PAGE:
[ALISON] Cool. So if someone listening right now has never written down the values of their practice and they’re realizing that they should, is there a specific template for that or what would be helpful things to think about for them to figure out what their values are?
[DANA] I think that it really is like, there are some key questions. So it’s like, who are we? When you do this, I think it is really more helpful to do it in teams, if you can and just like, you don’t need much. You need like a pen and paper or you need a whiteboard and just like start asking, like, who are we, knowing and understanding your why. Like maybe each therapist or each group member needs to identify why they’re there. I mean, yes, we’re all doing this to earn a living. Yes, we’re all doing this because this is a great opportunity right now. I mean, right now it’s a great opportunity to have a group therapy practice, but beyond that, there is a why. So let’s like list that out? So it does take place in conversation. You can’t just contrive values. They have to come from within.
So it’s self reflection, but it’s also like group discussion kind of coming down to, and looking for themes in what you are all talking through. And there are like, I can share the link and, but Brene Brown actually has a great list of just value words. And then I always tell people when we’re brainstorming about values, is don’t get hung up of like, oh, well, everybody says that. Like, don’t worry about what other people’s values are and having yours be like different. I was talking to someone about trust and they’re like, well, I don’t want to say trustworthy because, but I’m saying, okay, look, and this was in a completely different industry and your industry, like you told me X, Y, and Z about trust and how incredibly important it is. So it’s not necessarily just like picking a word, it’s really understanding how that value relates to your profession and why it’s so important.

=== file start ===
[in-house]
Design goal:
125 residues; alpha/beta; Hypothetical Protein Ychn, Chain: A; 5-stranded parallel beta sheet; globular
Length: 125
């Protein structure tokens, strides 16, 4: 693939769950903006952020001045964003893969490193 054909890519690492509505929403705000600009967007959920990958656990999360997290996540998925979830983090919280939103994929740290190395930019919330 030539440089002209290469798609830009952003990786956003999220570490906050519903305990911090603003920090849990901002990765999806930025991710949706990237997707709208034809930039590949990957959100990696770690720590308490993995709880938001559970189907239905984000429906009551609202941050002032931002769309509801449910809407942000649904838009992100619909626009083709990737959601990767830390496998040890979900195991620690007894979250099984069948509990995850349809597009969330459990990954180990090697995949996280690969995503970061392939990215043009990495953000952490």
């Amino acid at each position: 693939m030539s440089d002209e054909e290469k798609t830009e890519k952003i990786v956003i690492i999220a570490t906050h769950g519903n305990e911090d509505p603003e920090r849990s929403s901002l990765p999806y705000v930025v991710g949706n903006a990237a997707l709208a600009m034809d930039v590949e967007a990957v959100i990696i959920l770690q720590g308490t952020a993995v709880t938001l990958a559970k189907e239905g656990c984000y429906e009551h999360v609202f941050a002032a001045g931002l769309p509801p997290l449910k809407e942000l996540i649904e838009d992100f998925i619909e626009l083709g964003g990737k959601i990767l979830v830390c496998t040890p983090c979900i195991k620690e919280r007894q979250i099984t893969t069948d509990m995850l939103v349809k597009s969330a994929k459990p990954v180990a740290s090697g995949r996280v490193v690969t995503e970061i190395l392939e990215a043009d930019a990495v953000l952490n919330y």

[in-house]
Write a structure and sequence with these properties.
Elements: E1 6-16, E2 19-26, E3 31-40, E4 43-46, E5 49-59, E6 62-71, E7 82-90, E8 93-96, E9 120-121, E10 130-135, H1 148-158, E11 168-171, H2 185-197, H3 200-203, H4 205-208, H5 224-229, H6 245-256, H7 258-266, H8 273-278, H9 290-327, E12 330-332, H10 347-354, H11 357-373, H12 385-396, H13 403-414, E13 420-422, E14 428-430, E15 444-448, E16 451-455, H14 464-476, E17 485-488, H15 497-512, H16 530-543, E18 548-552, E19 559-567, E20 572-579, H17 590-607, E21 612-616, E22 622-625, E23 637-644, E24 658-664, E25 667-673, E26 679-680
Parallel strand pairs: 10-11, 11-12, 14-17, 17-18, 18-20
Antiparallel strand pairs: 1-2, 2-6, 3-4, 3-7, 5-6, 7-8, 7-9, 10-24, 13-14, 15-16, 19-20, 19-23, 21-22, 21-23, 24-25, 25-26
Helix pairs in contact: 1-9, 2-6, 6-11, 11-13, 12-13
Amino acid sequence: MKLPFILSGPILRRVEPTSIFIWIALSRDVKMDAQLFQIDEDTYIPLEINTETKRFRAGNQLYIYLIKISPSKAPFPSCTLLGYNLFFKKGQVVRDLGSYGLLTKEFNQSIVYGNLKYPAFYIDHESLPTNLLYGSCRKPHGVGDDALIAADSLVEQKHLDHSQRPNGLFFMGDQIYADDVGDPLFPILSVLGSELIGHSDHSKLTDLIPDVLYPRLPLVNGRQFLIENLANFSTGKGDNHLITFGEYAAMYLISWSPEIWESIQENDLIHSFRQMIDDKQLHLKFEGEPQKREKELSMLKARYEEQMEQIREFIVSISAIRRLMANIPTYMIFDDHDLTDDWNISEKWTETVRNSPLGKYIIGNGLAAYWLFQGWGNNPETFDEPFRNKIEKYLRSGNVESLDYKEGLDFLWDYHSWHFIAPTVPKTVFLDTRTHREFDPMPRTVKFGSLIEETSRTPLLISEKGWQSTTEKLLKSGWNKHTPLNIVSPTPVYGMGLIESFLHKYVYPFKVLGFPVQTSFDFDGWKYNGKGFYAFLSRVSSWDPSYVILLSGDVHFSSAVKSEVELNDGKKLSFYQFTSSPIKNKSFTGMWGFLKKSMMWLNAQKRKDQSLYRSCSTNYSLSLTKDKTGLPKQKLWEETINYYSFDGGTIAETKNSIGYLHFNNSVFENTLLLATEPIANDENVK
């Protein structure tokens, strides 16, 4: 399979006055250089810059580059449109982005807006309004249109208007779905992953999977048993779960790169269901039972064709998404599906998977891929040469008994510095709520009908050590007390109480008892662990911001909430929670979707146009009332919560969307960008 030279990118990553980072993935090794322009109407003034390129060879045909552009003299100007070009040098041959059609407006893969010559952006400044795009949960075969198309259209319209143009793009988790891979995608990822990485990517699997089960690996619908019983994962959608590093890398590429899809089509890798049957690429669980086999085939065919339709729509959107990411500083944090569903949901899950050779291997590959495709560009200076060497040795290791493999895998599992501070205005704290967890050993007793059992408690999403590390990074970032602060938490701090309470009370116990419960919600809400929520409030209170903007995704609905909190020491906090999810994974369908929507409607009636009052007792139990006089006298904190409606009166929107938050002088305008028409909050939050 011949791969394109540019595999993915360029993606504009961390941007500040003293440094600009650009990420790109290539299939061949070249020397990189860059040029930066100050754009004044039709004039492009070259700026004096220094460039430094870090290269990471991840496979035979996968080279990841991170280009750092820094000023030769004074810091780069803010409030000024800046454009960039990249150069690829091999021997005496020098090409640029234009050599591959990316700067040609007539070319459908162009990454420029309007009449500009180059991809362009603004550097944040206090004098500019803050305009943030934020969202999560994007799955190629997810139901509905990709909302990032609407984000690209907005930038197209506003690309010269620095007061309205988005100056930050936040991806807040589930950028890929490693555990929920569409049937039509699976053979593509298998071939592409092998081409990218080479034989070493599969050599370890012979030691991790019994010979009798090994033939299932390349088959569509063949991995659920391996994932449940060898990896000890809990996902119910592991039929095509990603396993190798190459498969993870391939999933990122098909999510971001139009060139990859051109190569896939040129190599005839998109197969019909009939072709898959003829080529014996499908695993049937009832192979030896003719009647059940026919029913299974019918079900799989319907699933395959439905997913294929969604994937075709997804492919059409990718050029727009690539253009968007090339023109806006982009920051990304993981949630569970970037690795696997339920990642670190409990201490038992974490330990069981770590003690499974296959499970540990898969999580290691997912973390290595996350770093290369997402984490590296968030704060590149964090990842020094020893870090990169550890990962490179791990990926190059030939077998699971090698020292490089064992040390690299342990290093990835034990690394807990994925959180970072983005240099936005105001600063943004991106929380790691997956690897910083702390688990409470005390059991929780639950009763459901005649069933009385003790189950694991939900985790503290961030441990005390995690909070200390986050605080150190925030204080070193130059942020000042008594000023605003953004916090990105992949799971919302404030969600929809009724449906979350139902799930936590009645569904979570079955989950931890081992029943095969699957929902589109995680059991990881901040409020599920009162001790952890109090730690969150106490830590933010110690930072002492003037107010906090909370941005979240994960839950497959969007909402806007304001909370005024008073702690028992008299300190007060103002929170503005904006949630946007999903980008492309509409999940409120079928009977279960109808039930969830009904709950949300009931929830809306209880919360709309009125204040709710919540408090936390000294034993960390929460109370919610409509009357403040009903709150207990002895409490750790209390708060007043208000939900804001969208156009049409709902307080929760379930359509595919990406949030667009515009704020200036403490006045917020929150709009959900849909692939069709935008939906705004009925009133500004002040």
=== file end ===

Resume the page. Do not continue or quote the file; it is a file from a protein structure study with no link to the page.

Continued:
[ALISON] Yes, because I think there’s probably, like you said, kind of a list of value-based words, but at the end of the day, it comes down to like your unique spin on it related to your specific type of business and your own, I think a lot of times to your own values. The values you have in your personal life are usually a lot of times the same values you have with running your business. So that’s another thing that I tell people to think about what are your personal values and how can you kind of extrapolate that to the business?
[DANA] Yes. So I think that those types of conversations and narrowing it down, I think those are great ways to then come up with like a list of values and kind of have four or five words per value of like, kind of why and what you mean by that. So I think that that is a really good way to kind of get started with it.
[ALISON] Nice. So then I’m assuming once you establish the values, then you have a really good foundation for doing the rest of the branding and marketing. So what’s the process after that, after you establish the values?
[DANA] Actually in our process, we don’t even start with just listing values. The reason that we do that is a lot, because we kind of see our people who are coming to us with help for a brand as the expert. So I want to hear from them. So we always start all of our clients with a brand strategy lineup, it’s what we call it and we are talking about values in that conversation, but we’re not explicitly talking about it. The reason is we need to understand every single angle of how you look at your business, how you look at the people that you’re working with, how you see yourselves. So that really is the first step for us. And then we’re having those conversations about the values.